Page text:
A large number of Iraqi took to the streets in nation’s capital and across the south Sunday to protest against Iran’s king-making influence as the latest deadline for choosing a new prime minister loomed.
The Anti-government rallies have been on in Baghdad and the Shiite-majority south since October 1, with demonstrators calling for a complete overhaul of a regime they deem corrupt, inefficient and overly beholden to Tehran.
“The revolution continues!” shouted one demonstrator at a protest encampment in central Diwaniyah.
Protesters blocked off public buildings one by one in the southern Iraqi city, and put up banners reading “The country is under construction please excuse the disruption”.
Sunday marks the latest deadline already pushed back twice by President Barham Saleh for parliament to choose a new premier to replace Adel Abdel Mahdi, who tendered his administration’s resignation last month.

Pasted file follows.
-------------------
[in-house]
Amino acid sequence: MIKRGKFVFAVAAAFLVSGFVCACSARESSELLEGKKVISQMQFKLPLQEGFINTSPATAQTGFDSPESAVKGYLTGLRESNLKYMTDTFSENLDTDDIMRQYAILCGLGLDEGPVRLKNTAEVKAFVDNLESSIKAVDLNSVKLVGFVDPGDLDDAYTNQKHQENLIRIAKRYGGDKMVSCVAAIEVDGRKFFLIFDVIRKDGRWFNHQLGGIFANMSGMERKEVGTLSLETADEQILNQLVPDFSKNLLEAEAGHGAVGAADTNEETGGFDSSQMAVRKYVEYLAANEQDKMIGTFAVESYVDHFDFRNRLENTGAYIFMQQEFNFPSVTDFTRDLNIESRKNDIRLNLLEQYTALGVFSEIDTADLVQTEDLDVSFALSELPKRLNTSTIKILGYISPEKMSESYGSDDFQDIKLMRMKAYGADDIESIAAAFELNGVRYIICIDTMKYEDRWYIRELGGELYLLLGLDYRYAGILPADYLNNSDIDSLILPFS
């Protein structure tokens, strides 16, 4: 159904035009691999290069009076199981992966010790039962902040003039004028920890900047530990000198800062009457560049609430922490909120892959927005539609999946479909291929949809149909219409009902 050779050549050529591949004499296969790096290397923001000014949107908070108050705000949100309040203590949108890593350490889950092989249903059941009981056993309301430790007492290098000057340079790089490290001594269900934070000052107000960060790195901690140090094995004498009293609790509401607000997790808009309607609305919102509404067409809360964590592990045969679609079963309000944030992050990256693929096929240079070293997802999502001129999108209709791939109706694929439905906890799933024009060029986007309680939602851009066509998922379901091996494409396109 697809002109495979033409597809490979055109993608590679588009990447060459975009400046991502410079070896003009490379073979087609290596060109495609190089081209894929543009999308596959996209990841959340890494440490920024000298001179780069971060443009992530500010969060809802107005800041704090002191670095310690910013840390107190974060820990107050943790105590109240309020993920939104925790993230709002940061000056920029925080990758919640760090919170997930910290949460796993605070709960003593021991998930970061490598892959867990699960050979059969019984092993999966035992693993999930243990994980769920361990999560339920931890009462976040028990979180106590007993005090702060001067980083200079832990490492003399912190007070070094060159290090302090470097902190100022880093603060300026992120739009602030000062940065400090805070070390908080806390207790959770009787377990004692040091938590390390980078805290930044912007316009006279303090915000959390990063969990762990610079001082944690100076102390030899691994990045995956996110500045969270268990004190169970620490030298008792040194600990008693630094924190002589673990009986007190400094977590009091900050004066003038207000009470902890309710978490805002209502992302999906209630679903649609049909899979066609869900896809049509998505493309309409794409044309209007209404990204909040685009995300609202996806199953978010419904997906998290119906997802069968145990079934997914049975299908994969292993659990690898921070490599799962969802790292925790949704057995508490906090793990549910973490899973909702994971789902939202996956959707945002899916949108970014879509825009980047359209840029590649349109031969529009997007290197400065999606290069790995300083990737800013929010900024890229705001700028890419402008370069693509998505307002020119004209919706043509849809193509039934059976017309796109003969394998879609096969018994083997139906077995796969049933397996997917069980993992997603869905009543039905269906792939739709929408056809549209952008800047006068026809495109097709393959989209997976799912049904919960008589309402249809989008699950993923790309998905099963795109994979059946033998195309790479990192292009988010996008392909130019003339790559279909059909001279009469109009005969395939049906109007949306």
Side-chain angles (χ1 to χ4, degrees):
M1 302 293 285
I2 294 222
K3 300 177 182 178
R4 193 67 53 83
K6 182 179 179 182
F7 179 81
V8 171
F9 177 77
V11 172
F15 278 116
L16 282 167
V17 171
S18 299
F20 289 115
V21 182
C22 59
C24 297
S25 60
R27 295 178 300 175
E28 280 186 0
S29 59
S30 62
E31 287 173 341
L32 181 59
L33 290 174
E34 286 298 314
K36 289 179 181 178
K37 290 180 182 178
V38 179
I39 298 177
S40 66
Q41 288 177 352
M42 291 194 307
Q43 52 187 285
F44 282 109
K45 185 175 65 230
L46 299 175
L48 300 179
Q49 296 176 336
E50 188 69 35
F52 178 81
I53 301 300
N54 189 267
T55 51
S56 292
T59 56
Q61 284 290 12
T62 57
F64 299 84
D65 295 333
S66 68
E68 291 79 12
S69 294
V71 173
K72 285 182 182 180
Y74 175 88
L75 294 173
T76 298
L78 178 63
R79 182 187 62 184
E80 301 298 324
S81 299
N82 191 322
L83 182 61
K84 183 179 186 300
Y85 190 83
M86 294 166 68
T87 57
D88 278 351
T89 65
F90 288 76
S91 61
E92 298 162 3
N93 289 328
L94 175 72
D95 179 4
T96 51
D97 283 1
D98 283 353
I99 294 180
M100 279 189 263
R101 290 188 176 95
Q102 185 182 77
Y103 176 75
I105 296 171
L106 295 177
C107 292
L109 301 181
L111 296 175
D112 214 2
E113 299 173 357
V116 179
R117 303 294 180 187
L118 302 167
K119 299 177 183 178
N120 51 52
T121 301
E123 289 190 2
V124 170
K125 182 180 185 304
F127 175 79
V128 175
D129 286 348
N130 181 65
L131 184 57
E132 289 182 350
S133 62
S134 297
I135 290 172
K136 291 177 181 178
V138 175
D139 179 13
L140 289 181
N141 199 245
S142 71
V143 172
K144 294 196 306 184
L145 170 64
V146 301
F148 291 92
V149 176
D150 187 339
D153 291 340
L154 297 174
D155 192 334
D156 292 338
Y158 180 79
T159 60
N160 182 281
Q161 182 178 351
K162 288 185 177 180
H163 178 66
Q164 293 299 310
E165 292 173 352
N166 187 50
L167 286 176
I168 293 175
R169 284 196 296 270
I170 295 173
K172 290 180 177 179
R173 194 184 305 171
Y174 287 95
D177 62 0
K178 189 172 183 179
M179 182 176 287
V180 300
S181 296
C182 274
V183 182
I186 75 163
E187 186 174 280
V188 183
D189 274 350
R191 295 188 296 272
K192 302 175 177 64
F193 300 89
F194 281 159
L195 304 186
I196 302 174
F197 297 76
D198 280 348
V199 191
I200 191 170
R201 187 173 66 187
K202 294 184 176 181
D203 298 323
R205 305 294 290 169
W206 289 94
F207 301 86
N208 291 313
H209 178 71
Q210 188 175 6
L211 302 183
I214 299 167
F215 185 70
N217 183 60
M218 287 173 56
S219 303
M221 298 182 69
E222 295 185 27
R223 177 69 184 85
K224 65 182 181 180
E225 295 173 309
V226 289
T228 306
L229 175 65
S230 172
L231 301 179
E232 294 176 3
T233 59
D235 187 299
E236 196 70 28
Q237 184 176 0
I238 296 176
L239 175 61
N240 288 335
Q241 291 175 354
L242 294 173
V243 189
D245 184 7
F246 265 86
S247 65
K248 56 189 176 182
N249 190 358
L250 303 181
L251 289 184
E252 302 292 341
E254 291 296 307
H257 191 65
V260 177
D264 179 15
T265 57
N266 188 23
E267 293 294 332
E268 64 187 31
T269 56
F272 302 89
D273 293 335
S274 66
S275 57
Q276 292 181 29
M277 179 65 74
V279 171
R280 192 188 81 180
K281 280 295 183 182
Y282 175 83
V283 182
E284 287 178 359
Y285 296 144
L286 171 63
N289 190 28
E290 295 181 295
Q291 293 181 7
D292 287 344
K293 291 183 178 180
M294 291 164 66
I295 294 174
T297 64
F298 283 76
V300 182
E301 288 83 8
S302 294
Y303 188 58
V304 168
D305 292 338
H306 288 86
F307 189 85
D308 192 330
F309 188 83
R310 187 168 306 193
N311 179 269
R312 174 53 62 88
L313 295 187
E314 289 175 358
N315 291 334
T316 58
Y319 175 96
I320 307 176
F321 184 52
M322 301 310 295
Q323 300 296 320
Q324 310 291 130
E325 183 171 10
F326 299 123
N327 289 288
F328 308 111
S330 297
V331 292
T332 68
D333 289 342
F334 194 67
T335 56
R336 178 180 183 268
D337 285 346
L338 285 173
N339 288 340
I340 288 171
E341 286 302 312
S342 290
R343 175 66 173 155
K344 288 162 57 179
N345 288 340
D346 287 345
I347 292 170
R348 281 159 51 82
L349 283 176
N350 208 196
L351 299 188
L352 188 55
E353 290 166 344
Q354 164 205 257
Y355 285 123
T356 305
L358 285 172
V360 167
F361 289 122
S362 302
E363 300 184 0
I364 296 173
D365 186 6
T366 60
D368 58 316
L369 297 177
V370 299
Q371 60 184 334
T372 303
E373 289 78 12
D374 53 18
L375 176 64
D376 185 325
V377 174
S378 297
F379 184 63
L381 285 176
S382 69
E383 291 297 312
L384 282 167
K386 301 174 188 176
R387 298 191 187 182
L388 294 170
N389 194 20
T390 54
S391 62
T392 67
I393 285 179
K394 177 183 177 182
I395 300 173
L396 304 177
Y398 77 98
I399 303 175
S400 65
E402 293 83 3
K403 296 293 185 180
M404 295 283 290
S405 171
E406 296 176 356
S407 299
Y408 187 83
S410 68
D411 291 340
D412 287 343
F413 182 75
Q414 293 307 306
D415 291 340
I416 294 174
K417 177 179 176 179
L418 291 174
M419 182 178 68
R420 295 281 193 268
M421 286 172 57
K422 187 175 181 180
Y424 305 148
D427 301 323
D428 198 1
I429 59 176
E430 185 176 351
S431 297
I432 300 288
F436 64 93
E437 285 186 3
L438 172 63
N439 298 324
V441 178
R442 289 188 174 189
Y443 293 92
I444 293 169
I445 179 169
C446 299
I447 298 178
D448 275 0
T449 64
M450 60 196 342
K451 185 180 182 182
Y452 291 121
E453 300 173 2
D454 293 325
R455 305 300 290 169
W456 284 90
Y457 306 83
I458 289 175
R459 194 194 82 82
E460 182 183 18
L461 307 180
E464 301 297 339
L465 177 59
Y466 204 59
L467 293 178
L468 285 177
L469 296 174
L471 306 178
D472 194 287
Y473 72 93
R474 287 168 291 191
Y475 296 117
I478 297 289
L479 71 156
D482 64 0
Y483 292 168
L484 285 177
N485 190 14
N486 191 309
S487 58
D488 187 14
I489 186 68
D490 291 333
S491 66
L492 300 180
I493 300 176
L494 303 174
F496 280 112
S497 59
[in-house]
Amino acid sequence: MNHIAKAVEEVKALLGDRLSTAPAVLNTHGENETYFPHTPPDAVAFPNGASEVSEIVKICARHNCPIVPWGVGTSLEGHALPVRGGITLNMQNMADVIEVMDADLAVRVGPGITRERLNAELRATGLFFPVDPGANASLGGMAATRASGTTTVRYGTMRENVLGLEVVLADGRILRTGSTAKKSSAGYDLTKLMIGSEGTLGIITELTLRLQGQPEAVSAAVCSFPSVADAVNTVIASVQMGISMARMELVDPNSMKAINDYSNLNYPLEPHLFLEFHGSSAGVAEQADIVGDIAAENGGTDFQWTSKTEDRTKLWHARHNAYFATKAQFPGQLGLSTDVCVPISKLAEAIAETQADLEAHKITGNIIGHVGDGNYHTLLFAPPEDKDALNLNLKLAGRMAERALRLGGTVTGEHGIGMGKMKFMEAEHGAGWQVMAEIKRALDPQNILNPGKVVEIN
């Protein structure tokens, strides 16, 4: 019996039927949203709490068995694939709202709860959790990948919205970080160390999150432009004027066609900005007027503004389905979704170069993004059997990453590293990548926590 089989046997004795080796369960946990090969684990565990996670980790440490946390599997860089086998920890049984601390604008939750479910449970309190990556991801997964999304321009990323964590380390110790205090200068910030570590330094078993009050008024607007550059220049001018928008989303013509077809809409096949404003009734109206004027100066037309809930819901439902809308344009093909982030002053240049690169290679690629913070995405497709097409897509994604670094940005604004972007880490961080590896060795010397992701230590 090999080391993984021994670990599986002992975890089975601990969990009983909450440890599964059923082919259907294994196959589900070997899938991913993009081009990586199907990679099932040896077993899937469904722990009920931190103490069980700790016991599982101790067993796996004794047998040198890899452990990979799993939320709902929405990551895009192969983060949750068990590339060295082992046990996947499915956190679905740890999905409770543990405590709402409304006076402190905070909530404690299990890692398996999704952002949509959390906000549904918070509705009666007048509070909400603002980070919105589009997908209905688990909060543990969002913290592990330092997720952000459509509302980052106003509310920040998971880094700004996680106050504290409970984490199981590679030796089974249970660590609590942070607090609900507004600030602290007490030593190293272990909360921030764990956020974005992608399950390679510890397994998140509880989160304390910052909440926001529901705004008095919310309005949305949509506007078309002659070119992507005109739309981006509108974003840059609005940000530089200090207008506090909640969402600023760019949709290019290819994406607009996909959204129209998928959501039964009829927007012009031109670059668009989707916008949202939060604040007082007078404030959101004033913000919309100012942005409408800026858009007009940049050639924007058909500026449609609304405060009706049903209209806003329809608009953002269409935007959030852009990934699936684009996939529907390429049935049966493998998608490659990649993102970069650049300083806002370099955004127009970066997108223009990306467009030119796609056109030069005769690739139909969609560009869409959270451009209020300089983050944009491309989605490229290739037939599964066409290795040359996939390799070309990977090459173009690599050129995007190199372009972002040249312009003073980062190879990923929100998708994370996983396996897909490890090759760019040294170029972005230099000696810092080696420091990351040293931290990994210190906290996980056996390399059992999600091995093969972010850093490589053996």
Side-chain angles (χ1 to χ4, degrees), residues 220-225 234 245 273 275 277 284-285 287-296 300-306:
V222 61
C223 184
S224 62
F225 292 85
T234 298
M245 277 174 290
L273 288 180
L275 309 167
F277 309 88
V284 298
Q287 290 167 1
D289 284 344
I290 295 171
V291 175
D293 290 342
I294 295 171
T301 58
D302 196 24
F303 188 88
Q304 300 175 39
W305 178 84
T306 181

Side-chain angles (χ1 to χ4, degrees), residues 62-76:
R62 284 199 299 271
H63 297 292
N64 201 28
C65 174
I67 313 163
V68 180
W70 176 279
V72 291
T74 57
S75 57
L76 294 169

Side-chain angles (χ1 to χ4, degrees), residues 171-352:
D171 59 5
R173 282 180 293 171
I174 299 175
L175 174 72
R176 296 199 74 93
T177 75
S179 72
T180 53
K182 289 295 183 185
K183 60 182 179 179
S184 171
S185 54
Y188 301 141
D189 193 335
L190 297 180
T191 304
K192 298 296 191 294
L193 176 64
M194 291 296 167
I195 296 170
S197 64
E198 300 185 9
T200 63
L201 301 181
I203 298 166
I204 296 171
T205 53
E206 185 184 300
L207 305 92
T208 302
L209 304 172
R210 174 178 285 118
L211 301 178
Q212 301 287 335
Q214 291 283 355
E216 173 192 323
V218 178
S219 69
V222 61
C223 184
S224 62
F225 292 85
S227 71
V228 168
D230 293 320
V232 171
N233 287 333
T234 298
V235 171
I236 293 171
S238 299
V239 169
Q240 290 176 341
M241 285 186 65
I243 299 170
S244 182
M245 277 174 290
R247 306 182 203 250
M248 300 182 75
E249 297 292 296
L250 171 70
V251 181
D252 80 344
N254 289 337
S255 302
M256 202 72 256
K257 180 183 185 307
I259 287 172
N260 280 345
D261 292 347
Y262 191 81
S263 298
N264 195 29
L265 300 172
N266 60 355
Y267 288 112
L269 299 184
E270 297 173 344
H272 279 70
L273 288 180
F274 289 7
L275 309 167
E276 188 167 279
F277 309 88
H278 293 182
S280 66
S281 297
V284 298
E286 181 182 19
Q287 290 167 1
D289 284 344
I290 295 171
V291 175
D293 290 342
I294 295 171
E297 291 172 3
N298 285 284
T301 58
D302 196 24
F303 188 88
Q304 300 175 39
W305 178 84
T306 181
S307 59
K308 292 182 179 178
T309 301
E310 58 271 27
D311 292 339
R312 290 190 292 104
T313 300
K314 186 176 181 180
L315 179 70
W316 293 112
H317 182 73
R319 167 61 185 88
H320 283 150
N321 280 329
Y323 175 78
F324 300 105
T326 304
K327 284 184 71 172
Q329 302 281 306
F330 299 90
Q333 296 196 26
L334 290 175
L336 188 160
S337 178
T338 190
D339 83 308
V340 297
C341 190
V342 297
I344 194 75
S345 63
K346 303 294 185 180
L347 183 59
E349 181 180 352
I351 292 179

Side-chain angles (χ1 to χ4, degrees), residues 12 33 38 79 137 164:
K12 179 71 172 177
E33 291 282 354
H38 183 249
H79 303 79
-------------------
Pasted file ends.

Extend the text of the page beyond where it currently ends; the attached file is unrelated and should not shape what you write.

Officials say Iran wants to install Qusay al-Suhail, who served as a higher education minister in the government of Abdel Mahdi.
“But this is exactly what we oppose — Iranian control over our country,” said 24-year-old student Houeida, speaking to AFP in Baghdad’s Tahrir Square, the epicenter of the protests which was once again abuzz with the youthful energy of thousands.
The protesters categorically reject Suhail’s candidacy, along with anyone from the wider political establishment that has been in place since dictator Saddam Hussein was deposed in 2003.
“Hundreds of martyrs have fallen and they are still not listening to our claims”, said 21-year-old student Mouataz, in Tahrir Square.
“We want a prime minister with integrity, but they bring back a corrupt man in their image who they will allow continuing robbing us,” he added.